Feeling disheartened, I was really hoping my third experience for face-to-face interaction would be somewhat positive! My friend had to pick up our textbook from the library, so we decided I would ask where the printers are. At this point, it was my third interaction so I was not necessarily nervous to ask. My friend had to give me the idea of what to say, but I was not dreading it or avoiding it per se. I used repetitions and blocks here. I asked her as she was checking out the book, so it again took her aback. However, she was really nice about everything and explained exactly where the printers were. It was not any longer than she would have explained it to anyone else. I was not only feeling relieved that this part of the assignment was over, I was relieved and happy that she was not rude like the others had been!

During these experiences, I felt a little scared at first. I am a people pleaser, so I did not want them to think poorly of me. I needed some motivation from my friend to get started, but once I did, I was just feeling an overwhelming sense of “Just get this over with.” I was motivated to get it done. As I mentioned above, I felt disheartened after the first two, which made me want to quit right then. I was anticipating that everyone would react that way.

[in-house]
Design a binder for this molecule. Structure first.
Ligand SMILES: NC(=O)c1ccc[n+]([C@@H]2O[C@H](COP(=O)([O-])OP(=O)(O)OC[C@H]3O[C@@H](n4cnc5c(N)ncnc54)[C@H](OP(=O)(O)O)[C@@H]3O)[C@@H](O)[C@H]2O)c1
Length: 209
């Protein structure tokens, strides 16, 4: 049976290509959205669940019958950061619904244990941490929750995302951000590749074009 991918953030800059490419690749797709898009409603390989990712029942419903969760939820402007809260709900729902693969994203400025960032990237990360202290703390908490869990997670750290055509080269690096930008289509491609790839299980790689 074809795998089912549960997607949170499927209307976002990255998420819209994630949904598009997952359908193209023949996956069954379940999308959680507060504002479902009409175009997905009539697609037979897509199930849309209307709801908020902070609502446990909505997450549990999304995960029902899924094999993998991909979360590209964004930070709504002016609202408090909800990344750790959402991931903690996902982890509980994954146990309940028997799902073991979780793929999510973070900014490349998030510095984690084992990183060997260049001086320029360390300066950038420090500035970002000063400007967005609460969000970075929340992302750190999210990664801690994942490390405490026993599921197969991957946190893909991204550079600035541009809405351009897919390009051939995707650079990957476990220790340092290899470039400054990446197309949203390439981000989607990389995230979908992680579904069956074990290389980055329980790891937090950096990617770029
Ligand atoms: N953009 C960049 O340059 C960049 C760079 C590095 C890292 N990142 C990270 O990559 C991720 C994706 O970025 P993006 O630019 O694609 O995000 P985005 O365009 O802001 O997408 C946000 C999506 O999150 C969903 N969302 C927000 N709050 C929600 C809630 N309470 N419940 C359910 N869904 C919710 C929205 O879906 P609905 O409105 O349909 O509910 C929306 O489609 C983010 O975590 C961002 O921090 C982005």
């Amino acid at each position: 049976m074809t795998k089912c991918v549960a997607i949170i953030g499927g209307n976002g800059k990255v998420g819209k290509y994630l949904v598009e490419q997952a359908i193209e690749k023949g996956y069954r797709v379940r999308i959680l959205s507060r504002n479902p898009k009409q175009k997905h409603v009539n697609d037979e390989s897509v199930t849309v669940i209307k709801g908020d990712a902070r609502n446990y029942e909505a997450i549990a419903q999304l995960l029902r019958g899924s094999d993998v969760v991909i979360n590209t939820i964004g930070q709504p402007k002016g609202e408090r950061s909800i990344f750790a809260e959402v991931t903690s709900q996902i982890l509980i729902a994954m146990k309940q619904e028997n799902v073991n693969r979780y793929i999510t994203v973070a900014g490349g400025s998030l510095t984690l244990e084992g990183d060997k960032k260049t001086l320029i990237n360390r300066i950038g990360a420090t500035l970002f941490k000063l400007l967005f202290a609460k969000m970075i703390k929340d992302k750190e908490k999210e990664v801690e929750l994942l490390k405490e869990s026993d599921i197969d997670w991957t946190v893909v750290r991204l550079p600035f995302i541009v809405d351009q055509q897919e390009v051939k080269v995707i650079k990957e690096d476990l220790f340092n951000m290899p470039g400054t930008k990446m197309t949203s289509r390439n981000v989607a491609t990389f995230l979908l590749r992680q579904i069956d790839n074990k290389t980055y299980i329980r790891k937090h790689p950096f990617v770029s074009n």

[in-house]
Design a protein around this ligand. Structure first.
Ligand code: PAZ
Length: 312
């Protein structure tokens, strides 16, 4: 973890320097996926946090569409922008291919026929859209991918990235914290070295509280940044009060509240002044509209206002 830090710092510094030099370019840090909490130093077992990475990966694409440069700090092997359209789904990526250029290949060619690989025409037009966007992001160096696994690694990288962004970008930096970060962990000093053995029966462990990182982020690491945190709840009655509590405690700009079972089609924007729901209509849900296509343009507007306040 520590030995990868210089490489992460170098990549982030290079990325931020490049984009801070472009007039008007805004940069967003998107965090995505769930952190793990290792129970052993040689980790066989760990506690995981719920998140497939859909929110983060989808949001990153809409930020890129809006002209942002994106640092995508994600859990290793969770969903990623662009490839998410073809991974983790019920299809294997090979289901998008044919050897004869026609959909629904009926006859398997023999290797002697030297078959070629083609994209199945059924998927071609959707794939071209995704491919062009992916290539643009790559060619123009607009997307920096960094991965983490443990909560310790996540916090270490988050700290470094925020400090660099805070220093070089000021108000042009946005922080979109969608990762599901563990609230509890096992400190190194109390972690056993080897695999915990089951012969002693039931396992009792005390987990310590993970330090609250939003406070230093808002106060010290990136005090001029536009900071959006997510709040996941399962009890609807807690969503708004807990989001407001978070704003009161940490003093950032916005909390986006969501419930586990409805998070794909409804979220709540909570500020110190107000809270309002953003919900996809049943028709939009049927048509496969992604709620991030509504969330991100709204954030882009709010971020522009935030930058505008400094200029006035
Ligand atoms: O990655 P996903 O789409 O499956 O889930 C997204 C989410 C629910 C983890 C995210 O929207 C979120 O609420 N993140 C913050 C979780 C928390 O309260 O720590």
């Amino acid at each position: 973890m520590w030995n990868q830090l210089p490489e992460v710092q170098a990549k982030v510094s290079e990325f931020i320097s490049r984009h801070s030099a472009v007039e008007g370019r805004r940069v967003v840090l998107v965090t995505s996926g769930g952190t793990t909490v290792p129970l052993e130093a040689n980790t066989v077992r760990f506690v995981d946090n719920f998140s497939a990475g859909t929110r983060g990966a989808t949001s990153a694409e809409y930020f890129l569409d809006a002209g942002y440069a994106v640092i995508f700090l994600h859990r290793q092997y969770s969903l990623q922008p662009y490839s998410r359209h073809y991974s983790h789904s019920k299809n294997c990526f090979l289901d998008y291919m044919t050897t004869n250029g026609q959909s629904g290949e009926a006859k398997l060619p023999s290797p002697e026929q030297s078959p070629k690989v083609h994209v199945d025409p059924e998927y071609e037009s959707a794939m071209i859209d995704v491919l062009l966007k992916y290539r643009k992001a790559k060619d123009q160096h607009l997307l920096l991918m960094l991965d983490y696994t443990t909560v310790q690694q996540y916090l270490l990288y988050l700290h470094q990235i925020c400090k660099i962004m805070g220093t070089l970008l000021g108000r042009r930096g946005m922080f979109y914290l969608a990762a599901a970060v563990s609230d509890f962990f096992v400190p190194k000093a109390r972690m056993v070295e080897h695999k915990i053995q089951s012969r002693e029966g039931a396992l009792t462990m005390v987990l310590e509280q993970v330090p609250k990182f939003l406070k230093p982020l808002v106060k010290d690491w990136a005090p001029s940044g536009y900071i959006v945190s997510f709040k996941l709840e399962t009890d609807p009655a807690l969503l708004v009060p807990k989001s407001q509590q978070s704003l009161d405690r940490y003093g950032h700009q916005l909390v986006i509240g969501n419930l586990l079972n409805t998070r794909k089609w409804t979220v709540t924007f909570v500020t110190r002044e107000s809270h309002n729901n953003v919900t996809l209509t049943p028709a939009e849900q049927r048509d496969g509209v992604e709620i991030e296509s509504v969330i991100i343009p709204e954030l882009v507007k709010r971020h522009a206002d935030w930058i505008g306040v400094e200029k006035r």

Clinical Insights
If there is one thing this assignment taught me, it was that people are way ruder than I ever thought or expected. I knew people would all have different reactions, but I certainly did not expect that someone would outright laugh and smirk at me. It does help me as a clinician to know the spectrum of reactions that could happen, and that spectrum could certainly be bigger than what I even experienced. I think it is important to address those reactions in the clinical setting and help the client understand what those are and how to cope when in those situations. Perhaps they will need different strategies or some form of internal motivation. These are strategies that the clinician will need to develop with the client.

Another big need I saw was for public education on the topic. It did not seem like a lot of the people who we encountered understood what stuttering is, how it affects the person who stutters, how to react properly to the stuttering, and now their reactions affect the person who does stutter. It was frustrating to me that they did not know how to act and were quite rude about it. I am not a person who stutters, but I was offended for the people that stutter. I cannot imagine how I would feel if I actually were a person who stutters! Education on the topic is essential.

I do not want to say that I fully understand how a person who stutters would feel. I do recognize that it was frustrating and that I was offended by the reactions I got. I do not know how it would feel if I were actually interviewing and could not get hired because of stuttering. However, I can be somewhat sympathetic and build that into my therapy plans to help my clients out.
Did you have to do this for grad school?  If so, what was your experience with it?